By the Numbers: How We Built the WTC Transportation Hub and Oculus

The New York City World Trade Center Transportation Hub and winged Oculus that sits atop it was incredibly complex to build.

We developed this infographic to explain just how our workers did it:

2016 INFOGRAPHIC-WTCOculus

Check out the story of the construction – in our employees own words – here.

Skanska USA

Skanska USA

Skanska USA is one of the largest, most financially sound construction and development companies in the U.S., serving a broad range of clients in the public and private sectors, including those in transportation, power, industrial, water/wastewater, healthcare, life science, education, sports & entertainment, data centers, government, aviation and commercial industries.

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A worker’s perspective on the Oculus and PATH Hall at the World Trade Center Transportation Hub

Over the last six years, our project team of 5,000 workers has logged more than 600,000 hours to complete the Oculus World Trade Center transportation hub, which opened March 3 in downtown Manhattan. We are so grateful to everyone who worked around the clock, seven days a week for their hard work and dedication to complete an iconic new structure connecting 11 subway lines, PATH rail system, Battery Park Ferry Terminal, the WTC memorial, WTC Towers 1, 2, 3 and 4 as well as the World Financial Center and Fulton Transit Center.

Watch to hear more from the team who built the Oculus and PATH Hall.

Here’s a perspective on the project from the people who built it, in their own words:

Paul (1)

 

“What Grand Central is to midtown, the Oculus is to downtown. It’s in the heart of the Financial District and will connect all the downtown workers to the rest of the tristate area.”

—Paul Orso, Senior Engineer

 

“The Oculus was a tough job to work on, but the challenges are what made it great. My family worked on the original Twin Towers so I was proud to be part of the next generation of construction workers building at the World Trade Center.”

—Steven A. Koch, Project Manager

 

“Downtown Manhattan was strictly business. Now it is becoming more residential and tourist focused. The World Trade Center is becoming a more central point and tying everything together adds to the area’s rejuvenation.”

—Steven Rosen, Office Engineer

 

 

“The Oculus is special to me because I worked at the World Trade Center doing the clean up after the towers dropped. I’m proud I was able to be part of rebuilding and bringing it back up.”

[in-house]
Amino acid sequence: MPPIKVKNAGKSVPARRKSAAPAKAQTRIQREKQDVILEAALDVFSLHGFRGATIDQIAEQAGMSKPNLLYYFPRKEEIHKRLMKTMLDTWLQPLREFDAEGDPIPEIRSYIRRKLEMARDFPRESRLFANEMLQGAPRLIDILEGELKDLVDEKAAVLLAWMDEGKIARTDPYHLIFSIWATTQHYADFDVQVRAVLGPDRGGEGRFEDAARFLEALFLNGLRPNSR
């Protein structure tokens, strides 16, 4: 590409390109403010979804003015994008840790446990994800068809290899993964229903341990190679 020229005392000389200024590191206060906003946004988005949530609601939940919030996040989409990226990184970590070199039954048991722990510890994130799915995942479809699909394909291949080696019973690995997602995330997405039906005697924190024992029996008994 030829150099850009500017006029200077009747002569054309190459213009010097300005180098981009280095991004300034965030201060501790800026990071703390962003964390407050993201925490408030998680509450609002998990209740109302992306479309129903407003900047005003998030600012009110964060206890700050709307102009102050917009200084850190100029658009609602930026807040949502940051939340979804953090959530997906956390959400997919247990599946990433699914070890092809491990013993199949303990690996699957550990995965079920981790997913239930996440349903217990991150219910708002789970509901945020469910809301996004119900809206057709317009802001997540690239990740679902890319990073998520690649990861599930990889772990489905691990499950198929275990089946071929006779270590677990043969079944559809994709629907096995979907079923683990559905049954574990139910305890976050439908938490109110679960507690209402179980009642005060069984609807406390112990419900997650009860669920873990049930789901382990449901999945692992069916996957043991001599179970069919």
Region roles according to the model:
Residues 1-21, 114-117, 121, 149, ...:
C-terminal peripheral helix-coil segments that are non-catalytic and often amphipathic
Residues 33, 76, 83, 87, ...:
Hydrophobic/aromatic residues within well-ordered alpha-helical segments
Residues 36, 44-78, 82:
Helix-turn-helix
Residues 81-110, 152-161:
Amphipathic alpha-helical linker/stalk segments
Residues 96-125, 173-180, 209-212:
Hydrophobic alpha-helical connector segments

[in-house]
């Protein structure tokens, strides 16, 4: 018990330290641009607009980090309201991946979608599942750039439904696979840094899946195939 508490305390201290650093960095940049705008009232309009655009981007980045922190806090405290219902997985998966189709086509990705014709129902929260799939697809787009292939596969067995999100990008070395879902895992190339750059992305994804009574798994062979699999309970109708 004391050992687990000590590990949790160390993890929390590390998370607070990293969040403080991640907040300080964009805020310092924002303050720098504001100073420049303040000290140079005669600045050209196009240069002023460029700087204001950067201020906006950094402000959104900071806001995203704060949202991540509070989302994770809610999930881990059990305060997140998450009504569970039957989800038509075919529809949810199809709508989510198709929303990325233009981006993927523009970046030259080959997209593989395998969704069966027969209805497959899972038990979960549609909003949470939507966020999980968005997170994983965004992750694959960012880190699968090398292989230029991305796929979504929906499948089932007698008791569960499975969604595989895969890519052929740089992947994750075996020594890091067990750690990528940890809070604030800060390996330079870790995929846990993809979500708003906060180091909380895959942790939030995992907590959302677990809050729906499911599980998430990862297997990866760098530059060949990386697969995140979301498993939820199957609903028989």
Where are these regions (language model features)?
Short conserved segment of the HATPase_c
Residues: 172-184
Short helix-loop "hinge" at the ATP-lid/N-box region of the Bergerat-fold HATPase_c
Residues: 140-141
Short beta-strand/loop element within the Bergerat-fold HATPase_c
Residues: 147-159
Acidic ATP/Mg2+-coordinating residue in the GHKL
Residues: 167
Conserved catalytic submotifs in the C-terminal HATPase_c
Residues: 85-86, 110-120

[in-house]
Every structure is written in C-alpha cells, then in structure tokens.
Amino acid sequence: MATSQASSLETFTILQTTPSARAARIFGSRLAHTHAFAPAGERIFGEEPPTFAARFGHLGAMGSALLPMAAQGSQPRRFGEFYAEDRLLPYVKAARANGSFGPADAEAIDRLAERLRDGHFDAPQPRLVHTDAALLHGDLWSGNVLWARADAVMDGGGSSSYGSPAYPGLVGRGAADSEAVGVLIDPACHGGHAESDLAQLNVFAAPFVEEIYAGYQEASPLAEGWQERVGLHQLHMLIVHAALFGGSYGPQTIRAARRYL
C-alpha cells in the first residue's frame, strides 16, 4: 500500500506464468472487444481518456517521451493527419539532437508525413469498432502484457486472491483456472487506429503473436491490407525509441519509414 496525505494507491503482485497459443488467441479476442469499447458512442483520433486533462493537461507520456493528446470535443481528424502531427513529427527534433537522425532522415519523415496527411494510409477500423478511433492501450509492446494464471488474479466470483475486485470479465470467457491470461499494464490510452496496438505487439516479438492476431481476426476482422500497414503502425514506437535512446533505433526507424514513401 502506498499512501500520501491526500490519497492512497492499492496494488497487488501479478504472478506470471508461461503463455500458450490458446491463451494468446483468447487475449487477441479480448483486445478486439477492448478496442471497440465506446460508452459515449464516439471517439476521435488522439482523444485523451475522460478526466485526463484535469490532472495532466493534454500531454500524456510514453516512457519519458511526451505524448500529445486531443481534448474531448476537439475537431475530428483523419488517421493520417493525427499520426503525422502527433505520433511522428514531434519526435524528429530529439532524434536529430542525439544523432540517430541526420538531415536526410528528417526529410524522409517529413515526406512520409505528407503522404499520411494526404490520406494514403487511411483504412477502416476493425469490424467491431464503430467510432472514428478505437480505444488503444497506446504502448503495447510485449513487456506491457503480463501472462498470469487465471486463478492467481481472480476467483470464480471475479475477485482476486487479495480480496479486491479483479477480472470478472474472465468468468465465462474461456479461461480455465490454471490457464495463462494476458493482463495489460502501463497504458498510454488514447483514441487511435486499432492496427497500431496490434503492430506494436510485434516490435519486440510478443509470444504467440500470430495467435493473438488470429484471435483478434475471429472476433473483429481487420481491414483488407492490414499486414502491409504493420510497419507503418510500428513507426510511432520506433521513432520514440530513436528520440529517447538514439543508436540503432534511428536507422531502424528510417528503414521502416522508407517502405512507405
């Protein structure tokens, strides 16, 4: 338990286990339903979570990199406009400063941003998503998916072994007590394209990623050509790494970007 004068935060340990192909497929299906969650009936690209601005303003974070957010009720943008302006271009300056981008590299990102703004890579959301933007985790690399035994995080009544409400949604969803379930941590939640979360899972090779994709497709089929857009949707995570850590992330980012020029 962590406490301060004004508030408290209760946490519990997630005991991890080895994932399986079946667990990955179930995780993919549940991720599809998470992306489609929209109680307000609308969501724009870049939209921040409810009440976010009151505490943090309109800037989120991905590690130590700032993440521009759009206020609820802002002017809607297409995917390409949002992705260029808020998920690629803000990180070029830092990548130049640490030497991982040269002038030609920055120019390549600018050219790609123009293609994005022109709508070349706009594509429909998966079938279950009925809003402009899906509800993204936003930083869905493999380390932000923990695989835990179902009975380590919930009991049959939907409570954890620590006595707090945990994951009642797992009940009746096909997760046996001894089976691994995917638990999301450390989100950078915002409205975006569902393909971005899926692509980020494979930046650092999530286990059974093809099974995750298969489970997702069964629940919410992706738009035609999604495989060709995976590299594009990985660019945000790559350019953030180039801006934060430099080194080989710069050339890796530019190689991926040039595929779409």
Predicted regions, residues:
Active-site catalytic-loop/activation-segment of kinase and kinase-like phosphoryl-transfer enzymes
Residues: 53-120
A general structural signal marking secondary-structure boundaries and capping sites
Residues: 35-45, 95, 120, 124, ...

—Jimmy Beckett, Iron Worker

 

“I am so proud I had a part in building the Oculus. I always tell the team they should be proud of the project, their kids will be proud of it, and their family and friends will be proud of it.”

—Bobby Fennell, Iron Worker

 

 

“For a lot of the people that live in New York City, especially that were hit so hard by the tragedy that happened on 9/11, it’s great to see that New York City has come together to build something new here. To me this project says, ‘you could hurt us as much as you want but we’re gonna come back stronger than last time.”

— Hayden Weschler, Assistant Superintendent

Ryan Hirce

 

“I think a lot of people didn’t know what we were building at the World Trade Center because they couldn’t see, but as it’s opening up now, they’re saying, ‘Wow, this is amazing.’”

— Ryan Hirce, Superintendent

Skanska USA

Skanska USA

Skanska USA is one of the largest, most financially sound construction and development companies in the U.S., serving a broad range of clients in the public and private sectors, including those in transportation, power, industrial, water/wastewater, healthcare, life science, education, sports & entertainment, data centers, government, aviation and commercial industries.

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Our top 10 blog posts of 2014

Between the MetLife Stadium we constructed hosting the Super Bowl, completing a Santiago Calatrava masterpiece and making major progress on one of the largest U.S. public-private partnerships, it’s been an exciting year for us! As we close out the final days of 2014, we’re taking a look back at our ten most popular posts here on Constructive Thinking. We can’t wait for what 2015 will bring.

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Here are those posts, in order of popularity:

1.  Ever wonder how an underwater tunnel is built? Check out this step-by-step guide to the process currently underway at our joint venture’s Elizabeth River Tunnels P3 in Hampton Roads, Virginia: How we’re submersing 16,000-ton segments to create Virginia’s newest tunnel.

2.  This year’s Super Bowl saw the Seahawks and Broncos face off in MetLife Stadium, which we completed in 2010. The Seahawks took home the Vince Lombardi trophy inside one of the nation’s most technologically-advanced and energy-efficient stadiums. Here’s How to build a stadium that can tackle the Big Game.